Are you SAVING for the Future?

There is precious treasure and oil in the dwelling of the wise, but a foolish man swallows it up. – Proverbs 21:20

Where do you spend most of your time focused on?  The past, the present or the future.  I used to hear a phrase that I always liked, “She is so heavenly focused that she is no earthly good.”  While we could all use a little more focused time on our future heavenly home, the future we are talking about today is a little closer than our trip over yonder.

With most of our clients, we usually try to discern if they are a Giver, a Spender, or a Saver.  While the Givers and Spenders tend to look at the present (with a view towards the future), our Savers are most definitely focused on the future.  They are concerned about being prepared down the road.

When it comes to savings, there are four key funds that we should be focused on- The Rainy-Day Fund, The Retirement Fund, The Recurring Expenses Fund, and The Really Really Want It Fund.  We need a savings strategy to get money into each of these funds.

Let’s start in reverse order.

The Really-Really Want It Fund

Have you ever had something that you really, really wanted but you couldn’t afford it?  Of course, you have.  We all have.  Could be a vacation, or a hobby enhancer (like a mountain bike or a golf club), or something for the house (like a screened in back porch) or just something really cool. If you think hard, we all have something we could cut out of a magazine and put on the fridge as a vision goal.  We say go for it and save. It might take you weeks, or months or even years to accomplish the goal.  But, if you and your significant others agree, make it happen.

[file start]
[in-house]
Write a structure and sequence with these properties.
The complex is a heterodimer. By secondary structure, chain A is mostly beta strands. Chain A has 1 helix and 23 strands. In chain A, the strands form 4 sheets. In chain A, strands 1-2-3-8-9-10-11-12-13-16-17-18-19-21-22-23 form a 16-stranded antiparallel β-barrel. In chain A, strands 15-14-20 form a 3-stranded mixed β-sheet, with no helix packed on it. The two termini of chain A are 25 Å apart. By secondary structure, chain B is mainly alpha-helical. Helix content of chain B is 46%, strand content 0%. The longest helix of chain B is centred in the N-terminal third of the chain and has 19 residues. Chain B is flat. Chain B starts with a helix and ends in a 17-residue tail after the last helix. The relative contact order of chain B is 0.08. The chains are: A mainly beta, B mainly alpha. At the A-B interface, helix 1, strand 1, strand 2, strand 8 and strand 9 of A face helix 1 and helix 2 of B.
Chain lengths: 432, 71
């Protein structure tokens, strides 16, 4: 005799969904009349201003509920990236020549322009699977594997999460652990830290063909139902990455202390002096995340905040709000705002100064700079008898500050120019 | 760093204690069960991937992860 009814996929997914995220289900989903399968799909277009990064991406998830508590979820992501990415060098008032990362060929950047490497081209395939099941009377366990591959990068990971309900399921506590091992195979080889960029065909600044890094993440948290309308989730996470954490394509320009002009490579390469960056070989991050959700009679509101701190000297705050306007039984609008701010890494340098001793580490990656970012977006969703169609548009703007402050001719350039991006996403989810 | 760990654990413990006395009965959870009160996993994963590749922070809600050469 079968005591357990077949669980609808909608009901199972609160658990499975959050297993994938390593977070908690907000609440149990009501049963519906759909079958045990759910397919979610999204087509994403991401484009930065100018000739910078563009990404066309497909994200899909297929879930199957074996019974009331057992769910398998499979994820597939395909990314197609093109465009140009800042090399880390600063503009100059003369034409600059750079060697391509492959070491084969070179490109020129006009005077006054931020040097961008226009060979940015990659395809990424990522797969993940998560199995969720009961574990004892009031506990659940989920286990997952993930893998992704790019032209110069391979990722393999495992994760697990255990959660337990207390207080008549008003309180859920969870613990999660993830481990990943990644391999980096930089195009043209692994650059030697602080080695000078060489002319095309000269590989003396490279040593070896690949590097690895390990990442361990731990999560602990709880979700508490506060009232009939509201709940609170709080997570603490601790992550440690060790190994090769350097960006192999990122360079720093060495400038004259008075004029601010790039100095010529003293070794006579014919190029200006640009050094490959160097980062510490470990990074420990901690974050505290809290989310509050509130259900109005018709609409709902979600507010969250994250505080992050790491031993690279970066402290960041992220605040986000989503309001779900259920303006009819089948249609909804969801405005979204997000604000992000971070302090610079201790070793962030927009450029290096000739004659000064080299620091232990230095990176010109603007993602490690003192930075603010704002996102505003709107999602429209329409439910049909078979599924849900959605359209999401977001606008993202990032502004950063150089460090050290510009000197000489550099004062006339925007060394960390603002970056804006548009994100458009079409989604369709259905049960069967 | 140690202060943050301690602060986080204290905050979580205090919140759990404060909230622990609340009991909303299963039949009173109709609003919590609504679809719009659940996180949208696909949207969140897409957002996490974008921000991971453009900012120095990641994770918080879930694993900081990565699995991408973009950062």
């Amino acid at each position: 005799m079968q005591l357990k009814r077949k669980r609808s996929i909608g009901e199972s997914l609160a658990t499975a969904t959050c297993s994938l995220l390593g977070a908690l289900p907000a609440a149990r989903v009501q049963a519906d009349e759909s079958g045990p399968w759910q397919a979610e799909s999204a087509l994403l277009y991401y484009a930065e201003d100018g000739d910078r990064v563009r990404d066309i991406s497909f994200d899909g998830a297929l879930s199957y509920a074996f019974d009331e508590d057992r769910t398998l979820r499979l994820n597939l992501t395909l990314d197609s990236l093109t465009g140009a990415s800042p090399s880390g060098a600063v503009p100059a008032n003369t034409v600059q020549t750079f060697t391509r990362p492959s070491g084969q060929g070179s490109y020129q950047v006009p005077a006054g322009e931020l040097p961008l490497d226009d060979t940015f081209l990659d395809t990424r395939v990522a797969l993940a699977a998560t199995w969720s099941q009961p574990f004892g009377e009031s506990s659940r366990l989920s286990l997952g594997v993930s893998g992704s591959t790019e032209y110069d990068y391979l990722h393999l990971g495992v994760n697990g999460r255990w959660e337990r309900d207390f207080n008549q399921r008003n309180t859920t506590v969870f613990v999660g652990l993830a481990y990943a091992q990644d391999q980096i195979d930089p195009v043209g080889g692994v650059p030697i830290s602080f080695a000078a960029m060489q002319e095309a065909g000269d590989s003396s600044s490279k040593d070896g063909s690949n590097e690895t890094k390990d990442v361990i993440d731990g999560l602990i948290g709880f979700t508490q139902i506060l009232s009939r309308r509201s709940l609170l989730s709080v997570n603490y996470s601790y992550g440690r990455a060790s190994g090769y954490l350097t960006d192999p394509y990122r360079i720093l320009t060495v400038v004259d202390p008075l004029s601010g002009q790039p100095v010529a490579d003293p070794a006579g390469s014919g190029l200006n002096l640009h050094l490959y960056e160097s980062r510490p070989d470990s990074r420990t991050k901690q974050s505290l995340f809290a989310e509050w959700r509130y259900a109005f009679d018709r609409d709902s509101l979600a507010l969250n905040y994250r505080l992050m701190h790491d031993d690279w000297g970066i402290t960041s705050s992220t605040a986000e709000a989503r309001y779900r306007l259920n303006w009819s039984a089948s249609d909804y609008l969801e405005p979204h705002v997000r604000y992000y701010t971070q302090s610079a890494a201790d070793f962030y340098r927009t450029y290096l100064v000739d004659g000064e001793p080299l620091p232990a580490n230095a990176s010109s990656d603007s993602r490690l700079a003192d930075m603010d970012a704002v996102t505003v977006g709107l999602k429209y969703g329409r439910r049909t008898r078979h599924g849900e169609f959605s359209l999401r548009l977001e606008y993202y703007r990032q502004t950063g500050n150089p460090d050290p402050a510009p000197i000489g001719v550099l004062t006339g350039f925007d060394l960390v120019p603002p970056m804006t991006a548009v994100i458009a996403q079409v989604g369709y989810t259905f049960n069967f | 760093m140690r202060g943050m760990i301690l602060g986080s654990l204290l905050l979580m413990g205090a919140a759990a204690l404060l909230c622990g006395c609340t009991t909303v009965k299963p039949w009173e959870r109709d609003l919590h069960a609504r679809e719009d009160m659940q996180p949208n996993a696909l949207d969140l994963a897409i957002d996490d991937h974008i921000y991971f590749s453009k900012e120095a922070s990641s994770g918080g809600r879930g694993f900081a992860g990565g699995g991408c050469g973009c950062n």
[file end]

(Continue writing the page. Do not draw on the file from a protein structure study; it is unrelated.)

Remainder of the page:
The Recurring Expenses Fund

In our coaching, we call this fund the Setback Savings Account.  A saving account that anticipates our expenses over the next 12 months that are not regular like a monthly bill.  These are expenses that arise every year but occur periodically during the year.  These are things like auto repair, home repair, medical expenses, some insurances that you pay every 6 month or maybe even annually, vacation, children’s activities, clothing, Christmas and gift giving.  Our unofficial survey says that families spend $3,000 to $5,000 per person per year.  So if you have a family of 4 you might spend $12,000 to $20,000 over the next 12 months in Recurring Expenses.  One of the big breakthroughs that we see many of our clients have is learning to project these expenses and then saving for them. Wouldn’t it be nice if the next time something broke that you had money in the bank to pay for it?

The Retirement Fund

Einstein said that compound interest was the 8th wonder of the world.  Sometimes when we have clients in we like to introduce them to someone older and wiser than they are.  We introduce them to themselves at 64.  Sixty-four-year-old you definitely has some opinions about how you have invested in his/her retirement fund. We are not going to debate whether retirement is a Biblical concept or not.  We simply want to point out that there is probably a day coming that you wish you had the option not to work.  One of our clients described retirement as the Go-Go phase, the Slow-Go phase, and then the No-Go phase.  We added the Big-Show phase when you finally graduate up to the big house in heaven.  The Proverbs instruct us to observe the ant who works to put aside provisions because WINTER IS COMING.